The Do's and Don'ts of the Second Interview
It's gratifying to be called for a second or subsequent interview because you are another step closer to the job. Don't blow it now! Read our second-interview do's and don'ts.
- Do pat yourself on the back for being called for a second interview. While some career
experts say your chances are 1 in 4 to get the job at this point, others say you have
as much as a 50 percent chance. Even with the field narrowing, it's important to distinguish
yourself and ensure that you stand out above your competition.
- Do take a practice run to the location where you are having the interview — or be
sure you know exactly where it is and how long it takes to get there.
- Do remember these three words: More, More, More. Compared to the first interview,
a second interview will likely involve more preparation, more people, more questions,
more intensity, and more pressure — in addition to more likelihood that you will land
- Do prepare —even more than you did for the first interview. Presumably you researched the company before the first interview. Now it's time to delve even deeper into that research.
Some experts suggest that talking with company insiders is one of the most productive
ways to prepare for a second interview. If you are a college student, particularly
seek out alumni from your school or sorority/fraternity who work for the employer.
Also be sure you're up to date on developments in your field or industry by reviewing
- Do try to find out in advance exactly what the agenda will be and with whom you can
expect to interview. If you aren't given this information when the interview is set
up, contact the assistant of the main person with whom you'll be meeting to see what
you can find out.
- Do be up on business dining etiquette if you are asked to dine with representatives of the prospective employer.
- Do get a good night's sleep the night before this potentially grueling day. Also look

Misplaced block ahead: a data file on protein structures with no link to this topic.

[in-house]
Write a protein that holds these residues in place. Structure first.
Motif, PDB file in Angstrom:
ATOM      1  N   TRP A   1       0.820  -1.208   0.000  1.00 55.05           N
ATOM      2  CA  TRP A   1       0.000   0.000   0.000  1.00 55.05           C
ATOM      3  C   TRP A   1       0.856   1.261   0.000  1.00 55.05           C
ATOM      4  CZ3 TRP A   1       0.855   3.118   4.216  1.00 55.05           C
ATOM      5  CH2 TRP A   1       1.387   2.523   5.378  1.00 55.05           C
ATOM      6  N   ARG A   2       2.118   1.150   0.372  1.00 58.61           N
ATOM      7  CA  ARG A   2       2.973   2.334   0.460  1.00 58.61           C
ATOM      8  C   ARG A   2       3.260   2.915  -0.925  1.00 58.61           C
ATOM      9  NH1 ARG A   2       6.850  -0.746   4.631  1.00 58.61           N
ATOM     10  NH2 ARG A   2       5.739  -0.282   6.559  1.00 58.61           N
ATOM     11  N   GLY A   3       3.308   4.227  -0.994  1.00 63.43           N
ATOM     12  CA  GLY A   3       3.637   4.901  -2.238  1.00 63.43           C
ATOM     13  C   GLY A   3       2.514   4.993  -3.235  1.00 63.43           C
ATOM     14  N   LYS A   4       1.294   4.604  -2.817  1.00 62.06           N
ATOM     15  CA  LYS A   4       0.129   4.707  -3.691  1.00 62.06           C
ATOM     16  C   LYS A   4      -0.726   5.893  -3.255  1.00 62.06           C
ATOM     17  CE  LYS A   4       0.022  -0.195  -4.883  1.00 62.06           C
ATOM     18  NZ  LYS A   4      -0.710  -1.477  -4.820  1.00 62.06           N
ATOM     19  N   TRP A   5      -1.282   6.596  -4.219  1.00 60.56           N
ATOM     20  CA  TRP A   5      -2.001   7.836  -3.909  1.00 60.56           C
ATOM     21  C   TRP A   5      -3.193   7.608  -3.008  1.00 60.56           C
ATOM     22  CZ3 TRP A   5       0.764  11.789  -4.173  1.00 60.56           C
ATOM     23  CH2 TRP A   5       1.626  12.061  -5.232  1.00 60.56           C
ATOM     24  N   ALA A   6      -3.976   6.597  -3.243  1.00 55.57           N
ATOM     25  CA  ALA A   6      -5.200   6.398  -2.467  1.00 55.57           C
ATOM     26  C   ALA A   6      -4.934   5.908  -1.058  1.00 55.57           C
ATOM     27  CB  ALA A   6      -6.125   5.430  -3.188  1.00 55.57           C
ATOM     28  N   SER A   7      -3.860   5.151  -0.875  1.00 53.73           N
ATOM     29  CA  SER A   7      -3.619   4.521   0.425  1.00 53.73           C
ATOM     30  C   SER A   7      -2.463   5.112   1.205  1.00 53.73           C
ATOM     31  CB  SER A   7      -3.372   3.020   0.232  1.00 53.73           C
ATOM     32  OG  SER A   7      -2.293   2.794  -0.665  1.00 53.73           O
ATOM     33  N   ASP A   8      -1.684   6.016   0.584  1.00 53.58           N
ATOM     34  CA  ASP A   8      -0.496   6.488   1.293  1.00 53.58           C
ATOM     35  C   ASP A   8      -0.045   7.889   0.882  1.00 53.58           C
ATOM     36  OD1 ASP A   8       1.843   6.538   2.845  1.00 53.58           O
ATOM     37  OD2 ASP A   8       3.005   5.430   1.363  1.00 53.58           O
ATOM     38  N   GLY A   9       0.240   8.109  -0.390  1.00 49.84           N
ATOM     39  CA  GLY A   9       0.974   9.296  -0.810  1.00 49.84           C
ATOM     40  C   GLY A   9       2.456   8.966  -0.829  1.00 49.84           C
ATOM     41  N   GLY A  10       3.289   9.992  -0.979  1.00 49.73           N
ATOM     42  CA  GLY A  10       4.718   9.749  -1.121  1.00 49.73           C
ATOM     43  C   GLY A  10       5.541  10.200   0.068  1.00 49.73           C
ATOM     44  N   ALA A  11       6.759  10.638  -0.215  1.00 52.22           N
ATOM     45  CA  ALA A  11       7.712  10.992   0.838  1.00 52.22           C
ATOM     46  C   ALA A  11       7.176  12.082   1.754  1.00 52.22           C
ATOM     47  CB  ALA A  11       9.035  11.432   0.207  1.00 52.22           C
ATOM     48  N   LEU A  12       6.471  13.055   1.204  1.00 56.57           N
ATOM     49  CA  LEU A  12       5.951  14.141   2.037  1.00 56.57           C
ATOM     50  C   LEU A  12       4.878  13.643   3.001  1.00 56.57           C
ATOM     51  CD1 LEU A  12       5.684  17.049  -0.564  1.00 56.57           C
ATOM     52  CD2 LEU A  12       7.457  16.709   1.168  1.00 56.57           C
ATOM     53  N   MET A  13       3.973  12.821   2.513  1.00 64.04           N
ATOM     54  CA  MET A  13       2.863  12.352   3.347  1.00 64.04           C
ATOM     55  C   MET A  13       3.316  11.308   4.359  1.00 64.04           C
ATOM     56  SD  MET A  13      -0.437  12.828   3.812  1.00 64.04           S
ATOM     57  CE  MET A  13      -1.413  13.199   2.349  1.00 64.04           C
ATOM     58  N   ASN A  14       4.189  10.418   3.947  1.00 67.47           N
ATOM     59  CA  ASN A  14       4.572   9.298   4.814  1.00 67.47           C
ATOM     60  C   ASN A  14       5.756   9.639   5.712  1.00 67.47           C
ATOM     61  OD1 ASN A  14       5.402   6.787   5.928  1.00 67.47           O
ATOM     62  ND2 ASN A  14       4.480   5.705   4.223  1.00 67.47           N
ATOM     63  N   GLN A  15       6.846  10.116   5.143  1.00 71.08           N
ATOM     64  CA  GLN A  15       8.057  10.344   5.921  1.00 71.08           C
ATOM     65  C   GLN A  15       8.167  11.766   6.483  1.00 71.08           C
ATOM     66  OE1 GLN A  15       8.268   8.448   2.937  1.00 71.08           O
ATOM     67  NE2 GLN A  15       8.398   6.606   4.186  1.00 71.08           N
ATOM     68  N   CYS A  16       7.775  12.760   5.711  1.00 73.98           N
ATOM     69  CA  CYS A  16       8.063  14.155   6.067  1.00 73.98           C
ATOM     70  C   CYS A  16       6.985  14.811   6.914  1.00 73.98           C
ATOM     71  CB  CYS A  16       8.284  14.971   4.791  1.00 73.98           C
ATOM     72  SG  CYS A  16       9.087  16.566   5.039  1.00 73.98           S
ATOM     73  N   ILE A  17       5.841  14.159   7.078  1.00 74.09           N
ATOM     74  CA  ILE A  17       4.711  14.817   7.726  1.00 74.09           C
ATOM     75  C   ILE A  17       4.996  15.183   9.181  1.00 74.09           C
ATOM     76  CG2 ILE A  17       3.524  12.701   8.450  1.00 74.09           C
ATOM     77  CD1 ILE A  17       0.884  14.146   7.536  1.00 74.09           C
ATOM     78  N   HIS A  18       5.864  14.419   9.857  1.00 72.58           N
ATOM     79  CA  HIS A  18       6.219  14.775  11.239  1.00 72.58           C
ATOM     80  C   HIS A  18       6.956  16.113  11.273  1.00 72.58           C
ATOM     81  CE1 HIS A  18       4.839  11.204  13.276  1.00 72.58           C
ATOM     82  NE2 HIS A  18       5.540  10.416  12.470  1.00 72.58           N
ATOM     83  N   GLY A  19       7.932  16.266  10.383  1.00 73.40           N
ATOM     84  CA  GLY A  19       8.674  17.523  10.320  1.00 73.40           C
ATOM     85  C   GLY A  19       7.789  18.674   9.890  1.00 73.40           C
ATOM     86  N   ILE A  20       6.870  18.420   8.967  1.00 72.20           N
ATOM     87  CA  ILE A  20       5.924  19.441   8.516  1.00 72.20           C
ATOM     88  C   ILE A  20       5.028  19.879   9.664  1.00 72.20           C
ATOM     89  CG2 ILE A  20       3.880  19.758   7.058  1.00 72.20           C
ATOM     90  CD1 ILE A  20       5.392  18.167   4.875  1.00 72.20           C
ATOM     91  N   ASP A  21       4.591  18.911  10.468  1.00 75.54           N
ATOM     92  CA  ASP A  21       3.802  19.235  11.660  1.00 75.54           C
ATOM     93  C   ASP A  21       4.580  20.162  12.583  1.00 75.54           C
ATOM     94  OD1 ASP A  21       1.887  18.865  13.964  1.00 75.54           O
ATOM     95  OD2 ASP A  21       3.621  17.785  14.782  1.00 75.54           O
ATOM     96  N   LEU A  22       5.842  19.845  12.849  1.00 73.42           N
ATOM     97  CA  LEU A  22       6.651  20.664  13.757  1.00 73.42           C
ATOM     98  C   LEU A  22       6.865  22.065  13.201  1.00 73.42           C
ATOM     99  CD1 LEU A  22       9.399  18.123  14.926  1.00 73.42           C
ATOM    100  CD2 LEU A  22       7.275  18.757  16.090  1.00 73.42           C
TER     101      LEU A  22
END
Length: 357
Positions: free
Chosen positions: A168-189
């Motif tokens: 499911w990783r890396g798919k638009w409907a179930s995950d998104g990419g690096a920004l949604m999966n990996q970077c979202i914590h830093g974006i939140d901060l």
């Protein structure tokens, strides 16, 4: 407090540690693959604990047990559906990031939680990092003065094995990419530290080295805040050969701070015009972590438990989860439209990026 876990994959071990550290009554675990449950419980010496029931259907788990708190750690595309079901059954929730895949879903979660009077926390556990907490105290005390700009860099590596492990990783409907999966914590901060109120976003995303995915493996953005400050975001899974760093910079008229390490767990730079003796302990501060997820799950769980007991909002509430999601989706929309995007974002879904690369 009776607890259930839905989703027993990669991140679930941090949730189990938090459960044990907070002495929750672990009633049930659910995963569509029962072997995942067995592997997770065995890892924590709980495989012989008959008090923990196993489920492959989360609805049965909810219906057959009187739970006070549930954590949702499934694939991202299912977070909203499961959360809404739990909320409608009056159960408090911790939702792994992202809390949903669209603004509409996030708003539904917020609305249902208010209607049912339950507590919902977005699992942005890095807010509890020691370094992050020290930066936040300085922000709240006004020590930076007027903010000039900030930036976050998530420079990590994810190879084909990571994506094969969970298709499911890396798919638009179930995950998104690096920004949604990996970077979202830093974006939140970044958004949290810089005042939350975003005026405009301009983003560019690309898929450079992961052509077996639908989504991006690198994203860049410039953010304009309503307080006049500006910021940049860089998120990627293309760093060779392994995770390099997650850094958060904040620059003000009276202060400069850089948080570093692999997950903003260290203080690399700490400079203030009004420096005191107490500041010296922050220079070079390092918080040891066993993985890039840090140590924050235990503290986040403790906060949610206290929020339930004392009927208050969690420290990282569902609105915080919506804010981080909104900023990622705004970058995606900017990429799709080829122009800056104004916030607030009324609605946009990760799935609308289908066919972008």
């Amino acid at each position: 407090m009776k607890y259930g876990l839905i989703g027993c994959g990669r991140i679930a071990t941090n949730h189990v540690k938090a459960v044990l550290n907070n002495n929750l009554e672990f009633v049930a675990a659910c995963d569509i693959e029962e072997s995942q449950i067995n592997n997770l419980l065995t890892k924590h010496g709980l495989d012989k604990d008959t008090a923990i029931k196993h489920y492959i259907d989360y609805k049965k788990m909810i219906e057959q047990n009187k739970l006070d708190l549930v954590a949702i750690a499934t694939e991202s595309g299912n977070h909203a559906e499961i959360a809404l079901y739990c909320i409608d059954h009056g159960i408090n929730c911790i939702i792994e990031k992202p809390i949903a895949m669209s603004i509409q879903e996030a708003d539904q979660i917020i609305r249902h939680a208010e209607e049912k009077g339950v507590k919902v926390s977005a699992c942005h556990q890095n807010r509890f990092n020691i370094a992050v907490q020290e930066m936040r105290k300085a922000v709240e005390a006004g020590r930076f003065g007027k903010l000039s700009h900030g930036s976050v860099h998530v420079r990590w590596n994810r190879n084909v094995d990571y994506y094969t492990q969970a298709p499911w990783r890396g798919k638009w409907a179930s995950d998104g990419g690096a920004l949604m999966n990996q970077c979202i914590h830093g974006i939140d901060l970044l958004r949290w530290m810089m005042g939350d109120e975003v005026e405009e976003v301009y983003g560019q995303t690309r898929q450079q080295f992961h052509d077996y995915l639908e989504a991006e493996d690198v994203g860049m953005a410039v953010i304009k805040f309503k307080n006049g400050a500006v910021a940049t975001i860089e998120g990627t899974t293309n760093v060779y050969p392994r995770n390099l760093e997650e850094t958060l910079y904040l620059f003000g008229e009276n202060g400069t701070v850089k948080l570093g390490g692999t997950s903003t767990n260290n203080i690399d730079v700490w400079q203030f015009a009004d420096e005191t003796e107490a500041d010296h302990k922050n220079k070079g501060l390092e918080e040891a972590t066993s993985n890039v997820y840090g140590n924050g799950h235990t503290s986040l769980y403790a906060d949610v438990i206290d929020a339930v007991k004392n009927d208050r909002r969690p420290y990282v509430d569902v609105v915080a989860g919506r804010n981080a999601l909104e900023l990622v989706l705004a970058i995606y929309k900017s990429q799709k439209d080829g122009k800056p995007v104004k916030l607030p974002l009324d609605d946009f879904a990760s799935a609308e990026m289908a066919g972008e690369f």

for opportunities to refresh yourself during the interview day. If there's a break
in the action, splash some water on your face or take a brisk walk to rejuvenate.
Take along a pocket- or purse-sized snack in case there is no lunch break. Maintain
your energy, confidence, and enthusiasm.
- Do be aware that you might be asked to complete psychometric tests dealing with such
things as skills, intelligence, and personality. There's not a lot you can do to prepare
for them — but that good night's sleep will help.
- Do remember these three words: Fit, Fit, and Fit. A major reason for the second interview
is so the employer can see how well you fit in with the company culture. Realize that
the interviewers at your second interview want to learn how well you will get along
with other team members with whom you'll be interacting every day. Deploy your very
best interpersonal communication skills. But - remember that it's OK not to fit. If
you aren't a good fit with the employer, you probably wouldn't be happy working there
anyway. And remember, that this interview is also your opportunity to determine whether
the company is a good fit for you. Think about whether you would accept if the employer
extended an offer.
- Do expect to be asked some of the same questions you were asked in the first interview,
but some new ones as well. Second-interview questions may delve more into your personality,